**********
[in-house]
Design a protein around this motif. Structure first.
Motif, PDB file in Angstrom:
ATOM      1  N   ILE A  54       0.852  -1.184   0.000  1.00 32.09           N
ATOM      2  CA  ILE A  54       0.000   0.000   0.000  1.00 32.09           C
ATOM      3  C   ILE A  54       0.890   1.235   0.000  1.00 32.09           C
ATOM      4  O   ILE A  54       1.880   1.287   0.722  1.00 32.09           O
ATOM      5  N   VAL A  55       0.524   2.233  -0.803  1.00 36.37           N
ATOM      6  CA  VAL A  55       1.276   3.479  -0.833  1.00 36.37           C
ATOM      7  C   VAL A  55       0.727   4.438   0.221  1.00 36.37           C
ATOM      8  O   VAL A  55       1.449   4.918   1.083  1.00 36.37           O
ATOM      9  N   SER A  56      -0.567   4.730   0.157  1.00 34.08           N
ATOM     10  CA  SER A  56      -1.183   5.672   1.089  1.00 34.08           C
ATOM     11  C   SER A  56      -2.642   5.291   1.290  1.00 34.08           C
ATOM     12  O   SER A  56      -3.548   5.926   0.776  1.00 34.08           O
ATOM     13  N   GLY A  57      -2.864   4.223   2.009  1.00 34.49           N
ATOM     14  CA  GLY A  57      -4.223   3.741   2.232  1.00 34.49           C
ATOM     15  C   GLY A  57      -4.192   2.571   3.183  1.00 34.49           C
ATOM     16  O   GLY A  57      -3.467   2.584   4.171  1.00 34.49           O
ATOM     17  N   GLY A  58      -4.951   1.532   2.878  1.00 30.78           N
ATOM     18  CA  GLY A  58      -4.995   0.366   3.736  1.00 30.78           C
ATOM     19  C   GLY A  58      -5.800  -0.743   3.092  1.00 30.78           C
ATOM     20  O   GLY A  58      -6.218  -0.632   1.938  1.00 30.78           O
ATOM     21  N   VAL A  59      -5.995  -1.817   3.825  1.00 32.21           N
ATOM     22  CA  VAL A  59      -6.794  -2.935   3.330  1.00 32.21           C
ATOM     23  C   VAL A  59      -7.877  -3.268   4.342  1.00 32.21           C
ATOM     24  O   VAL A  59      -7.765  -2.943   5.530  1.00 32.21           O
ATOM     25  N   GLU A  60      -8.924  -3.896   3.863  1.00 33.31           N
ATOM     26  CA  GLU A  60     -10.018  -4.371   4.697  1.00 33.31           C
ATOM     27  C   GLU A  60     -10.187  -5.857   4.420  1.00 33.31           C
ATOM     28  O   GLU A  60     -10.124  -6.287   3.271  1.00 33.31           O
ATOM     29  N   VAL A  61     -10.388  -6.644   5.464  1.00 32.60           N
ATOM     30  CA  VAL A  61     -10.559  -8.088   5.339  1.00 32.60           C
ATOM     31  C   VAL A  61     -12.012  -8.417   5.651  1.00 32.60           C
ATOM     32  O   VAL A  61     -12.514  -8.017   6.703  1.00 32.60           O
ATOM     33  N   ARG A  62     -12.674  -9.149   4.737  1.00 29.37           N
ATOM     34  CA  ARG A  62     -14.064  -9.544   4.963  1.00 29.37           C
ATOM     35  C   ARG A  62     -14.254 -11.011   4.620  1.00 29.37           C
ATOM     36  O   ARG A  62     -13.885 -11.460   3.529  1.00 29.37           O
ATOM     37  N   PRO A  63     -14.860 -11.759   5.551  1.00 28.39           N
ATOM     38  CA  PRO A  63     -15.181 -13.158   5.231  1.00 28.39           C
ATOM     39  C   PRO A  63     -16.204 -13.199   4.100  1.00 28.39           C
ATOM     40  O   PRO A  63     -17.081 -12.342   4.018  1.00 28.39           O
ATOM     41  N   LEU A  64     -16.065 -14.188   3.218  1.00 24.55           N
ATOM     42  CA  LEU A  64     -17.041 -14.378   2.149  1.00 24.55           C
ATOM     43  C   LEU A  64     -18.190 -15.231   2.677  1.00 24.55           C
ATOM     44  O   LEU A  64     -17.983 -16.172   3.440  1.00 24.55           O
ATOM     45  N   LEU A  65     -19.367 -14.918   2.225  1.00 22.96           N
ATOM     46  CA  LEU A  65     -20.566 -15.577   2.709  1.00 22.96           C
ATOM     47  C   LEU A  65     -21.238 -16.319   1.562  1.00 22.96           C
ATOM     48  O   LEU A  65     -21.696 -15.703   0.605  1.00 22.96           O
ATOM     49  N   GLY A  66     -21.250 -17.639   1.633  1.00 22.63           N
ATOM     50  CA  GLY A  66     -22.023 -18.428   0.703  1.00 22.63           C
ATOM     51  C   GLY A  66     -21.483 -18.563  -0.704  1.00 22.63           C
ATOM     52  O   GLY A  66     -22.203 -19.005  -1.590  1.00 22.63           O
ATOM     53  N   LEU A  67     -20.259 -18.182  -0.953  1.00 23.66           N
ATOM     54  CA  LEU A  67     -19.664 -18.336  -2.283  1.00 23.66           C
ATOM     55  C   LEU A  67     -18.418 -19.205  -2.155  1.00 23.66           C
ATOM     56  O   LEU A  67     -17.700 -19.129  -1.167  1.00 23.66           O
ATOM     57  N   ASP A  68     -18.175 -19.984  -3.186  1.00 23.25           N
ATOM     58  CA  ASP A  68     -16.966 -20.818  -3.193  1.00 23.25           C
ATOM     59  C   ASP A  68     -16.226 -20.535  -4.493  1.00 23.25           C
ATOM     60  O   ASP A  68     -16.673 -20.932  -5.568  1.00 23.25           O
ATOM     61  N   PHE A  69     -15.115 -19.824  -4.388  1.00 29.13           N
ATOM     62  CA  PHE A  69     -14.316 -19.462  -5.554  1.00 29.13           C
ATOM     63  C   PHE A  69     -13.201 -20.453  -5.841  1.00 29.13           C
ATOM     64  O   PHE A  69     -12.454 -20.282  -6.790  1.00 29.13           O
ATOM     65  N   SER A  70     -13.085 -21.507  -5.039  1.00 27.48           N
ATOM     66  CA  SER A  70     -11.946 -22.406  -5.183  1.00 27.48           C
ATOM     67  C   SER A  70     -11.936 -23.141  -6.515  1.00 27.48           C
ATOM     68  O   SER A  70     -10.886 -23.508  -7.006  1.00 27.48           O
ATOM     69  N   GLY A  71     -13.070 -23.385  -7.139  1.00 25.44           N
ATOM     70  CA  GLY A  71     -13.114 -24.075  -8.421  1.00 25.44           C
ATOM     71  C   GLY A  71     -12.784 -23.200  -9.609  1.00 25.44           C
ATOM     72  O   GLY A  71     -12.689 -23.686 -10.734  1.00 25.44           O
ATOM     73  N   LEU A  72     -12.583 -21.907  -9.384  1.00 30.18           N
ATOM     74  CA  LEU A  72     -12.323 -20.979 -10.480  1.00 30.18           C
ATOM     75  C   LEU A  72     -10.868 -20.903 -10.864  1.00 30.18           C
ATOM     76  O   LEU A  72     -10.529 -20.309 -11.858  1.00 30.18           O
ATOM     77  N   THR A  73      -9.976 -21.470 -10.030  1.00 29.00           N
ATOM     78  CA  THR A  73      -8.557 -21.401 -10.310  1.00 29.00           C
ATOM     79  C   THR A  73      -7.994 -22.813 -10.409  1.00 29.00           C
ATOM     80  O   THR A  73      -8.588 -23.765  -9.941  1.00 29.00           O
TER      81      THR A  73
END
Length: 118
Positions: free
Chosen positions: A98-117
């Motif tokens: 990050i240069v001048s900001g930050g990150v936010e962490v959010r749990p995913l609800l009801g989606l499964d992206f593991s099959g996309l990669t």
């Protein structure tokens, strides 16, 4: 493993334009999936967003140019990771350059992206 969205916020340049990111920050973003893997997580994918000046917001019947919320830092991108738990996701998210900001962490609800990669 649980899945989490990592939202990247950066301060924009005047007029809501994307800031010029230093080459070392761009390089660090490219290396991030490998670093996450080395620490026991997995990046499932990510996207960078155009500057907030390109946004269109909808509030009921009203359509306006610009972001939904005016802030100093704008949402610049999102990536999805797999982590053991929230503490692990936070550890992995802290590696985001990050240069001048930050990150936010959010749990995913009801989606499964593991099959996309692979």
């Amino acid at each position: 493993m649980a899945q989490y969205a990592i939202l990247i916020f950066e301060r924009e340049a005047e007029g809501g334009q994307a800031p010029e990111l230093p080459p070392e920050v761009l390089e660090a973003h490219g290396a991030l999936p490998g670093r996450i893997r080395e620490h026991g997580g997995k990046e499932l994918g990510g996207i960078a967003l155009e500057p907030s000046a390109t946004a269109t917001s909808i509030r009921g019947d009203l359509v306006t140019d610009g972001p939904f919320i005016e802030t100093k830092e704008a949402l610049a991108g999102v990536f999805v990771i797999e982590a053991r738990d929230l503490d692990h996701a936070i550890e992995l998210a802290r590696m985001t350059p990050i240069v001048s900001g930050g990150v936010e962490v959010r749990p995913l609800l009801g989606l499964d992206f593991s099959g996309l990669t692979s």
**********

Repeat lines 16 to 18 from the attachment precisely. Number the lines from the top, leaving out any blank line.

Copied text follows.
ATOM     13  N   GLY A  57      -2.864   4.223   2.009  1.00 34.49           N
ATOM     14  CA  GLY A  57      -4.223   3.741   2.232  1.00 34.49           C
ATOM     15  C   GLY A  57      -4.192   2.571   3.183  1.00 34.49           C